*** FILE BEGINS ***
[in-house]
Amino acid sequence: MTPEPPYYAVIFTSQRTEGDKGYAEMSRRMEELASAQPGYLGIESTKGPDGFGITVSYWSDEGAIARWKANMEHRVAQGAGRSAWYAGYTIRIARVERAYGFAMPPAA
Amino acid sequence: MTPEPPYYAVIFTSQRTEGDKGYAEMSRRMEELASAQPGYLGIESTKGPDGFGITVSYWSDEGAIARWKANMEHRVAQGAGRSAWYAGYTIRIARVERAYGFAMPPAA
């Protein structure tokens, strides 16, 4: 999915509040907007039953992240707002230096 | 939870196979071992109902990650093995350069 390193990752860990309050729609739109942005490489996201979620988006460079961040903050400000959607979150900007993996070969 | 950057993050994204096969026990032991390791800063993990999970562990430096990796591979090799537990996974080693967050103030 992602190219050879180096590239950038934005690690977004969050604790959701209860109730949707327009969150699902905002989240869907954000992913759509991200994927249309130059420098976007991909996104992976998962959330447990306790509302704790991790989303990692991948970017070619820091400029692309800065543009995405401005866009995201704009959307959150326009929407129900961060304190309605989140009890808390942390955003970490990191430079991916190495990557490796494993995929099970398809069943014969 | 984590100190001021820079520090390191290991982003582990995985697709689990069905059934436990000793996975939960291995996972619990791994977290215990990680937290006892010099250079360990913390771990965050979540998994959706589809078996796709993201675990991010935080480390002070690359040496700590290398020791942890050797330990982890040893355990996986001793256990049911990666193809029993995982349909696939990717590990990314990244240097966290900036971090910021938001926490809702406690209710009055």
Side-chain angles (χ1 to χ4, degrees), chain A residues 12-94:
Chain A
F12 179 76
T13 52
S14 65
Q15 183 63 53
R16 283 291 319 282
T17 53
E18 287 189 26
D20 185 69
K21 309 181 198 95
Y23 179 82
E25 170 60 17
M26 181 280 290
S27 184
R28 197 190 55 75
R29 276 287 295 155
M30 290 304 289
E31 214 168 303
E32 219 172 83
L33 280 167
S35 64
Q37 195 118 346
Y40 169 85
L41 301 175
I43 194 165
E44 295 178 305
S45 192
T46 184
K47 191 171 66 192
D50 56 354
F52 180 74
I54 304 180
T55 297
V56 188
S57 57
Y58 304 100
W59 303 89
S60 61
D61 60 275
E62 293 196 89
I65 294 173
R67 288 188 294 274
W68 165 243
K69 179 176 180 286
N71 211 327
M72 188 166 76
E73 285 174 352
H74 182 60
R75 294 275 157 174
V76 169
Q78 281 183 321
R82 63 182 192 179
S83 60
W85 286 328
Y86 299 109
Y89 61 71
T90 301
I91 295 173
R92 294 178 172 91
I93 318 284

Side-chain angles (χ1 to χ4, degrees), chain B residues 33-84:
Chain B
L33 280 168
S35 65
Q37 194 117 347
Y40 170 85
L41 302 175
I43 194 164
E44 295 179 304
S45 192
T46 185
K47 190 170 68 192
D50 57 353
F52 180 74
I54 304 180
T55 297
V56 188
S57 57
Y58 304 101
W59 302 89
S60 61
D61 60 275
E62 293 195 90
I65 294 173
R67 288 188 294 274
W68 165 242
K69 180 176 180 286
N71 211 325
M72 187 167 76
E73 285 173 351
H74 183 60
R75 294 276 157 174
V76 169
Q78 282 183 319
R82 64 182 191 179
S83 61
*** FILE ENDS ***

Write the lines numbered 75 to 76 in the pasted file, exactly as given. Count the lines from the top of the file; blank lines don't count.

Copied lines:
S45 192
T46 185